In this episode, we explore Dustin’s personal experience with change during his career and share his lessons learned, and experiences with change in teams. Dustin notes that while he has found certain practices to be successful, sometimes things do not work out and this can lead to consequences like being fired. Dustin asks us to consider if our behavior could be perceived as telling others they are doing things wrong instead of being considered helpful by the team.
The Importance of Self-Awareness and Empathy in Agile Software Development
In this episode, Dustin highlights some of the issues with traditional change management techniques, when working with teams. He emphasizes the need for self-reflection and introspection before blaming others for the problems we observe. He refers to Gerry Weinberg‘s definition of consulting and stresses the importance of considering one’s own goals and what they have to offer the consulting relationship. Before pushing for change, it’s crucial to assess if the team is receptive and to clarify any misunderstandings about the problem at hand. Dustin encourages open communication with the team, using “What if” questions to generate options for problem-solving and reducing the scope of the problem.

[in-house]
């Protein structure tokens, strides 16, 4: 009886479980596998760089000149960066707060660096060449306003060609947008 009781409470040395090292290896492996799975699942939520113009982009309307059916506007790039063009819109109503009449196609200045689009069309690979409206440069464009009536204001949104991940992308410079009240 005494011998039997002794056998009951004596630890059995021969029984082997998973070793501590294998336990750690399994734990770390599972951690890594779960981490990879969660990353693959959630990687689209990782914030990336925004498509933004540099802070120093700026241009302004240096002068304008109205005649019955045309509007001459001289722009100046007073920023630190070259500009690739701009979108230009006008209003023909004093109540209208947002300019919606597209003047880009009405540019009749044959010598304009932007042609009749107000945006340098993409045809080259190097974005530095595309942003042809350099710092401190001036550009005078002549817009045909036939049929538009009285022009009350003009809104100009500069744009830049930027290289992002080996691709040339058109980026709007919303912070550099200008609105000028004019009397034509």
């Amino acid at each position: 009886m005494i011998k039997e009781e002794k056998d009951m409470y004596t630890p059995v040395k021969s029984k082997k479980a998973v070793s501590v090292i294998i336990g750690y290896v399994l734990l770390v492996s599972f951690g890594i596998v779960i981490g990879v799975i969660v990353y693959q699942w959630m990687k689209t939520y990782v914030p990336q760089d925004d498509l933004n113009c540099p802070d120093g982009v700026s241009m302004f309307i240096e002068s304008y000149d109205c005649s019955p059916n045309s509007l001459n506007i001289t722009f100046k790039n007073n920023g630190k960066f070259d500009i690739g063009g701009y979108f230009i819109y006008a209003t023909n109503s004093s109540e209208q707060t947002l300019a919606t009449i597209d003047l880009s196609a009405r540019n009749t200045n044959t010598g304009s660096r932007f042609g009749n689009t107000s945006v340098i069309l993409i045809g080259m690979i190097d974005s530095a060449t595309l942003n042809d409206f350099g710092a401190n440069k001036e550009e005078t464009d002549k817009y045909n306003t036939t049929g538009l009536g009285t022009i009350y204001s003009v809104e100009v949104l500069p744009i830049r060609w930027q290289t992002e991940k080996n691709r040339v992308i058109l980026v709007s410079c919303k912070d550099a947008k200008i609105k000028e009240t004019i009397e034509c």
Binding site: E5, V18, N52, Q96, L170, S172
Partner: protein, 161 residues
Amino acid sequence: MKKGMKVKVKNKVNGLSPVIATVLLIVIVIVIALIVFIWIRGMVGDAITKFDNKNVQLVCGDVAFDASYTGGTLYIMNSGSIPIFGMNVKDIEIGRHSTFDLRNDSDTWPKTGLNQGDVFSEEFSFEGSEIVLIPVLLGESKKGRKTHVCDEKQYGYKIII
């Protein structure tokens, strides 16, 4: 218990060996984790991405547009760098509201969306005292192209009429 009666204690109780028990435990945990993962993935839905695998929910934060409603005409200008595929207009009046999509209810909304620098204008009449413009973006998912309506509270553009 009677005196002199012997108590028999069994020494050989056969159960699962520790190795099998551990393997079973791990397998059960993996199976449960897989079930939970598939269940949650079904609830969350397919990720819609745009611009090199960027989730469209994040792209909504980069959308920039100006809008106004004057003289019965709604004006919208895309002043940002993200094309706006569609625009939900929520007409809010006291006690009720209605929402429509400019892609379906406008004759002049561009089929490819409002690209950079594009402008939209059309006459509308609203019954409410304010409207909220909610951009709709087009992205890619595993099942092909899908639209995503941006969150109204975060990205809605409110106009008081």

Dustin also delves into the tendency for people to engage in the blame game and to justify the status quo. He stresses the importance of considering different perspectives and understanding the team’s needs and wants. He warns against the imposition of change on others and encourages teamwork and collaboration. Overall, Dustin highlights the need for self-awareness and empathy in change management and the importance of considering the team’s needs and desires in the change process.
5 Step Framework for Effective Change Management in Agile Software Development and Leadership
Dustin lays out a five-step framework for effectively bringing change to a team in the Agile Software Development context. He emphasizes the importance of self-reflection and understanding the team’s current state before embarking on the change process. In the first step, he suggests focusing on oneself and taking inventory of one’s goals and what they can offer the team. In the second step, he recommends understanding the team’s current state, their needs, and wants. In the third step, he highlights the importance of acknowledging the problem and ensuring that the team feels heard and understood. The fourth step involves agreement and building individual relationships with team members. Finally, the real hard work of implementing change begins in the fifth step, where one must sometimes let go of certain relationships and find what works to amplify and continue progress.
In this segment, Dustin refers to Woody Zuill’s work. Woody Zuill has been a previous guest on the podcast.
About Dustin Thostenson
“Understand, be understood” is Dustin’s mantra. And has close to 3 decades of software development experience, and an agent of change as a technical coach. Dustin has worked on some amazing teams, and wants to help other people be in an environment that helps them deliver their best.
You can also find Dustin’s work at the following websites: